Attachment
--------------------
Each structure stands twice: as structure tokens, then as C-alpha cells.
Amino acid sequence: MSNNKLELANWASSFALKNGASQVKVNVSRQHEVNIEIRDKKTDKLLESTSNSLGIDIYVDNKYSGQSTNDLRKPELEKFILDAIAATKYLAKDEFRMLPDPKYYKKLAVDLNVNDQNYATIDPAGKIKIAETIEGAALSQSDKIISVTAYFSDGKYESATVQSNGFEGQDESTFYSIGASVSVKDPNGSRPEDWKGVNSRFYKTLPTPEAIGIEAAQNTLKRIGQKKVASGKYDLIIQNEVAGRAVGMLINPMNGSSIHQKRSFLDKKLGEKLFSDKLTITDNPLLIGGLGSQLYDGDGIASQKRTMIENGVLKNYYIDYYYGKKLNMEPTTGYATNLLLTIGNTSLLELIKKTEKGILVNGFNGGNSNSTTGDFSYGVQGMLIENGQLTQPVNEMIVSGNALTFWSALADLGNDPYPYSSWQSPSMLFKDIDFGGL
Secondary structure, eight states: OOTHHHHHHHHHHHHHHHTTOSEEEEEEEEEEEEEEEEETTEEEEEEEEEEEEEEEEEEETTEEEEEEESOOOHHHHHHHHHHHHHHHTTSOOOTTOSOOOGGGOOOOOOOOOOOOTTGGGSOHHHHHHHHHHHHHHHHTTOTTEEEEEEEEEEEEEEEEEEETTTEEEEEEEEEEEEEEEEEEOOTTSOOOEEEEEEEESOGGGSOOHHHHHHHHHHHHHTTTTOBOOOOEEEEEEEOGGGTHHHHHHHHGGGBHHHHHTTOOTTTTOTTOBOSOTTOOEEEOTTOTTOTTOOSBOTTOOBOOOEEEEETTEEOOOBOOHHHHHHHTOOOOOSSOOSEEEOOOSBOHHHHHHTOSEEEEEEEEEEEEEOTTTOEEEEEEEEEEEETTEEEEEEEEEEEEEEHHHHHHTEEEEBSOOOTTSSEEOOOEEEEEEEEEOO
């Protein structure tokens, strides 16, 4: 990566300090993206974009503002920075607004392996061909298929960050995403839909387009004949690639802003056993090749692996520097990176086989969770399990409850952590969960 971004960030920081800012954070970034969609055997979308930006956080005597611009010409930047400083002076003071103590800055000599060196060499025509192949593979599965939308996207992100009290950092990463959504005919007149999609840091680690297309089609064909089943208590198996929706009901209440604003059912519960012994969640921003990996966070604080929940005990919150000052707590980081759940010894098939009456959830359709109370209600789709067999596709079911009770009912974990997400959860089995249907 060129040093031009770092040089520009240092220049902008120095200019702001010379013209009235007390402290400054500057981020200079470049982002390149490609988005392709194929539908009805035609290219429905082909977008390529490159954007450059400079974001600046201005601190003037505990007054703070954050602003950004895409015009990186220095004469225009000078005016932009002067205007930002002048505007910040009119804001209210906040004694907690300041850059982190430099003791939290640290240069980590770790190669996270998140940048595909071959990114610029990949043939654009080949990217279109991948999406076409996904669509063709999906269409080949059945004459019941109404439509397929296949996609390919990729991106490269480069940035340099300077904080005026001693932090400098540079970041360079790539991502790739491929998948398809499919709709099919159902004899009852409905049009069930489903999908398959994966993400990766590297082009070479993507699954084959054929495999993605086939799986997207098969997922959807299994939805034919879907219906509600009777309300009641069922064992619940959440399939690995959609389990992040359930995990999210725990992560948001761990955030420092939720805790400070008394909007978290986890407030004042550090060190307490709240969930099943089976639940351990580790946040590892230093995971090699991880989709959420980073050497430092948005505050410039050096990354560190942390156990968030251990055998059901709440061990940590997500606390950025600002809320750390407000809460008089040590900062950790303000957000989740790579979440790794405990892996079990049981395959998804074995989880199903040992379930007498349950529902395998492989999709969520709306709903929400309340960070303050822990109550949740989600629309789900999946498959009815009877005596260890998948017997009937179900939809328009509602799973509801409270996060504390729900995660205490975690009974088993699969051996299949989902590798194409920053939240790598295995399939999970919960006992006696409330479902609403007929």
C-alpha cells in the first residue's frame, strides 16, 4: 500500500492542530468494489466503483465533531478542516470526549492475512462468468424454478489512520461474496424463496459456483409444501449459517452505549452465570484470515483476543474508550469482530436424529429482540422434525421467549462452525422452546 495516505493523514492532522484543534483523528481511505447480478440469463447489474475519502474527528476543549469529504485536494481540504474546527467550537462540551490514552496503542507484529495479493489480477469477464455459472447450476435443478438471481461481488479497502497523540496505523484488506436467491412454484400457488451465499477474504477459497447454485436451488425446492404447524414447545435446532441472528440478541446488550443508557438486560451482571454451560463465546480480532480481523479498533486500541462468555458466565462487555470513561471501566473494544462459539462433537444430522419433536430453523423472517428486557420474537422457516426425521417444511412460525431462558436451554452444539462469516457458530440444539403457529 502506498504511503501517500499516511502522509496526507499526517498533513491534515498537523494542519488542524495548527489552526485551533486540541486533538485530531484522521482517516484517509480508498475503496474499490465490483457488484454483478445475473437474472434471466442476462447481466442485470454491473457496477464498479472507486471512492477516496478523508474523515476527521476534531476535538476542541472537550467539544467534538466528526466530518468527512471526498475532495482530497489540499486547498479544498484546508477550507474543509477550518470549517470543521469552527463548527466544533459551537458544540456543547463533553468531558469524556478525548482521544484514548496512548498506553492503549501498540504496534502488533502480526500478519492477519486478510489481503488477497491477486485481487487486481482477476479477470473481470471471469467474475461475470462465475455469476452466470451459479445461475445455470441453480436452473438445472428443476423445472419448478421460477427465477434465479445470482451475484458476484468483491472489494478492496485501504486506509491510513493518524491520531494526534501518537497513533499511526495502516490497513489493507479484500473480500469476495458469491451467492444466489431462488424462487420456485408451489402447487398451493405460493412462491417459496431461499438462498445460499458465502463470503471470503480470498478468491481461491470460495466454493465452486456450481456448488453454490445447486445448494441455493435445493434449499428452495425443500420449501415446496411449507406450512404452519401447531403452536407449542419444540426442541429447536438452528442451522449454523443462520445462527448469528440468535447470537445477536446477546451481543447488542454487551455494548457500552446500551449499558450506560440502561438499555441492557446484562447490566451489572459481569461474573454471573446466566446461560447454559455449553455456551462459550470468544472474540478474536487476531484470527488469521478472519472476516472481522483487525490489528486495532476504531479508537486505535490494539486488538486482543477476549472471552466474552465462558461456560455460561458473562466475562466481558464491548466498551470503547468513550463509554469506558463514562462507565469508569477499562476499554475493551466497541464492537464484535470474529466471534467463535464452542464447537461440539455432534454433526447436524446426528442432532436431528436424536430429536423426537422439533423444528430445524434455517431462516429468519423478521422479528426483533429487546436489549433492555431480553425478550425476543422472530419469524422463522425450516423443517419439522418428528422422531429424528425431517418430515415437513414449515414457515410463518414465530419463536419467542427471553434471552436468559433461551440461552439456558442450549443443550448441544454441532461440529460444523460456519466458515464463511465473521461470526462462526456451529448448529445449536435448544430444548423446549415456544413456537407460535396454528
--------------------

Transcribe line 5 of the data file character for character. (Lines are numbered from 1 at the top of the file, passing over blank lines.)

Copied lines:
C-alpha cells in the first residue's frame, strides 16, 4: 500500500492542530468494489466503483465533531478542516470526549492475512462468468424454478489512520461474496424463496459456483409444501449459517452505549452465570484470515483476543474508550469482530436424529429482540422434525421467549462452525422452546 495516505493523514492532522484543534483523528481511505447480478440469463447489474475519502474527528476543549469529504485536494481540504474546527467550537462540551490514552496503542507484529495479493489480477469477464455459472447450476435443478438471481461481488479497502497523540496505523484488506436467491412454484400457488451465499477474504477459497447454485436451488425446492404447524414447545435446532441472528440478541446488550443508557438486560451482571454451560463465546480480532480481523479498533486500541462468555458466565462487555470513561471501566473494544462459539462433537444430522419433536430453523423472517428486557420474537422457516426425521417444511412460525431462558436451554452444539462469516457458530440444539403457529 502506498504511503501517500499516511502522509496526507499526517498533513491534515498537523494542519488542524495548527489552526485551533486540541486533538485530531484522521482517516484517509480508498475503496474499490465490483457488484454483478445475473437474472434471466442476462447481466442485470454491473457496477464498479472507486471512492477516496478523508474523515476527521476534531476535538476542541472537550467539544467534538466528526466530518468527512471526498475532495482530497489540499486547498479544498484546508477550507474543509477550518470549517470543521469552527463548527466544533459551537458544540456543547463533553468531558469524556478525548482521544484514548496512548498506553492503549501498540504496534502488533502480526500478519492477519486478510489481503488477497491477486485481487487486481482477476479477470473481470471471469467474475461475470462465475455469476452466470451459479445461475445455470441453480436452473438445472428443476423445472419448478421460477427465477434465479445470482451475484458476484468483491472489494478492496485501504486506509491510513493518524491520531494526534501518537497513533499511526495502516490497513489493507479484500473480500469476495458469491451467492444466489431462488424462487420456485408451489402447487398451493405460493412462491417459496431461499438462498445460499458465502463470503471470503480470498478468491481461491470460495466454493465452486456450481456448488453454490445447486445448494441455493435445493434449499428452495425443500420449501415446496411449507406450512404452519401447531403452536407449542419444540426442541429447536438452528442451522449454523443462520445462527448469528440468535447470537445477536446477546451481543447488542454487551455494548457500552446500551449499558450506560440502561438499555441492557446484562447490566451489572459481569461474573454471573446466566446461560447454559455449553455456551462459550470468544472474540478474536487476531484470527488469521478472519472476516472481522483487525490489528486495532476504531479508537486505535490494539486488538486482543477476549472471552466474552465462558461456560455460561458473562466475562466481558464491548466498551470503547468513550463509554469506558463514562462507565469508569477499562476499554475493551466497541464492537464484535470474529466471534467463535464452542464447537461440539455432534454433526447436524446426528442432532436431528436424536430429536423426537422439533423444528430445524434455517431462516429468519423478521422479528426483533429487546436489549433492555431480553425478550425476543422472530419469524422463522425450516423443517419439522418428528422422531429424528425431517418430515415437513414449515414457515410463518414465530419463536419467542427471553434471552436468559433461551440461552439456558442450549443443550448441544454441532461440529460444523460456519466458515464463511465473521461470526462462526456451529448448529445449536435448544430444548423446549415456544413456537407460535396454528